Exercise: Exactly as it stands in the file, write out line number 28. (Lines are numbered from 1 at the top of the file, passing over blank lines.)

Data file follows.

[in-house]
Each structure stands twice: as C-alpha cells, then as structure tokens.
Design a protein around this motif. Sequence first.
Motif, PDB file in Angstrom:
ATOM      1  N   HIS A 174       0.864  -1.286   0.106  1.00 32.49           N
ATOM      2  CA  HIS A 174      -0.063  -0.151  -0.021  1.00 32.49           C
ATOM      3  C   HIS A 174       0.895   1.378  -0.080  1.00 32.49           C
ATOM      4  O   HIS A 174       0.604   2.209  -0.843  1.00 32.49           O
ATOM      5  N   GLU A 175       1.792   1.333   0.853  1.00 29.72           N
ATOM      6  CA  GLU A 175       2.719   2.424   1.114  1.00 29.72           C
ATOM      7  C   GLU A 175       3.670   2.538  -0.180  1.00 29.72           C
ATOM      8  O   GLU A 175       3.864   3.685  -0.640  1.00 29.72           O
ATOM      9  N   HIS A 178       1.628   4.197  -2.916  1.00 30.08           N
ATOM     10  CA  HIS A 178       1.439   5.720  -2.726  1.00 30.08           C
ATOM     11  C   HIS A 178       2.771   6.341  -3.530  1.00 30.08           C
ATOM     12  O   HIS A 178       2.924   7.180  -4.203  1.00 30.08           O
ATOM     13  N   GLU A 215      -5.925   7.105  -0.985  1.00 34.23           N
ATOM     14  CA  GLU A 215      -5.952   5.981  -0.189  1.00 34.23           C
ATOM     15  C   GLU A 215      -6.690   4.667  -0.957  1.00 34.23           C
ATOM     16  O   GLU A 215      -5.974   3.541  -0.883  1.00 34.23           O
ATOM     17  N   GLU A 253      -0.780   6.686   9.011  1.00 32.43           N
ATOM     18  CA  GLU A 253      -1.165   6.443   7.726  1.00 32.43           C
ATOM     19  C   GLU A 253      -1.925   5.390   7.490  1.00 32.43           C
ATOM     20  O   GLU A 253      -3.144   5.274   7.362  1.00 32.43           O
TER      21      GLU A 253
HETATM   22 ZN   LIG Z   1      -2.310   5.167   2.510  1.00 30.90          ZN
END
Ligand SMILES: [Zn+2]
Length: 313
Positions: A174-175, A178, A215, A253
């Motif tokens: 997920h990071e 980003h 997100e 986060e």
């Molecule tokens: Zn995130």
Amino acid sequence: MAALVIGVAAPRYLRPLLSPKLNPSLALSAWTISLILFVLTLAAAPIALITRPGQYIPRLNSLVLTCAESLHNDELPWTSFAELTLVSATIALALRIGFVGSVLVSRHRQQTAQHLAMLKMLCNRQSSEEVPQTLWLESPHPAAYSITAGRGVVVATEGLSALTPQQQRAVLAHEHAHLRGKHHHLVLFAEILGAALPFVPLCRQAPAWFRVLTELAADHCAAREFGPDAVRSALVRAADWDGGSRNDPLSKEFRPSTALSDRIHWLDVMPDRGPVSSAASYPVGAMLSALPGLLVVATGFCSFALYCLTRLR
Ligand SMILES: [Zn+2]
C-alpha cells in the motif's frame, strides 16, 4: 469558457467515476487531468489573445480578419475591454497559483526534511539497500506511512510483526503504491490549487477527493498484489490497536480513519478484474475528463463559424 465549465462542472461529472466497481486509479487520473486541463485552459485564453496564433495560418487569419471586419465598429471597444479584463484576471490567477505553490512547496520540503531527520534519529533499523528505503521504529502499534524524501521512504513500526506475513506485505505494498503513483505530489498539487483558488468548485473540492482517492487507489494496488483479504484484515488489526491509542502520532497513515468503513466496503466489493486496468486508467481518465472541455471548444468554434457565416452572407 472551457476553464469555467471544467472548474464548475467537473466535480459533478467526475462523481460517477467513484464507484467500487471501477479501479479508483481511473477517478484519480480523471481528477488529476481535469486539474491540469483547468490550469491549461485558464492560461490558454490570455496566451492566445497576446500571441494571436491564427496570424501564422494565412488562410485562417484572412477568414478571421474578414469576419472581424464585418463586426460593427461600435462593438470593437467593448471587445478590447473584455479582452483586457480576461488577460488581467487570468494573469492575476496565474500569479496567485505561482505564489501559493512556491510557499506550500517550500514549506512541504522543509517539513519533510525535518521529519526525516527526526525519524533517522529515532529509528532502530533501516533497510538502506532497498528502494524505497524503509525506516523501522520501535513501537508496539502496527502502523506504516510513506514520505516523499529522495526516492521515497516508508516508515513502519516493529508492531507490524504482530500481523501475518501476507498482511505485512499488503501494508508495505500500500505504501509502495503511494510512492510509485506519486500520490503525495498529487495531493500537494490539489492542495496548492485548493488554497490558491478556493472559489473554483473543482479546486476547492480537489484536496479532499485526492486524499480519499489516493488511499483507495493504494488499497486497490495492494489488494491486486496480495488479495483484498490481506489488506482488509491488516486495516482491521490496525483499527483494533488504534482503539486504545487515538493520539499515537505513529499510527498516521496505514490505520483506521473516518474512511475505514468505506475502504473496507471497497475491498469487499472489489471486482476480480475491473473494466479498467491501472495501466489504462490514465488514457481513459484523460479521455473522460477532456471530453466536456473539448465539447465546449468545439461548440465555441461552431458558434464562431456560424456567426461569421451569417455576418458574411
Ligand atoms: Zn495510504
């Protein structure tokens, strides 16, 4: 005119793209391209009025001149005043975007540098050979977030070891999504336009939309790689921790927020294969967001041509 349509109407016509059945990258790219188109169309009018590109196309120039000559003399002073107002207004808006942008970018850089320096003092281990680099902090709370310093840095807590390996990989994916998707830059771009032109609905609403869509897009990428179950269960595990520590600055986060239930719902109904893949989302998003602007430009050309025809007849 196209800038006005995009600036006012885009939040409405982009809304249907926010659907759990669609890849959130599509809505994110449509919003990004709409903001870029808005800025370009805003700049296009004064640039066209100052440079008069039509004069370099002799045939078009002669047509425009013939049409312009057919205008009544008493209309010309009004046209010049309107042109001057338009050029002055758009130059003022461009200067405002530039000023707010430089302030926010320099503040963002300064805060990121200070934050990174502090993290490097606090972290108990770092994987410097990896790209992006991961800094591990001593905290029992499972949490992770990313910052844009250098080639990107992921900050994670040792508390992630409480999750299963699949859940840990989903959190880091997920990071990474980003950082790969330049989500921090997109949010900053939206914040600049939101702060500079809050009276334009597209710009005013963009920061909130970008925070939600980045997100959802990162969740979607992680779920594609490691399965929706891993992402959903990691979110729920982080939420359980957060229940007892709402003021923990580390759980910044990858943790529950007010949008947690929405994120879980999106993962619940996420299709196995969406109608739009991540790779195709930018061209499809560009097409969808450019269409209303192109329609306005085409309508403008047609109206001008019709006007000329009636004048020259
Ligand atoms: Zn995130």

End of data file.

Ligand SMILES: [Zn+2]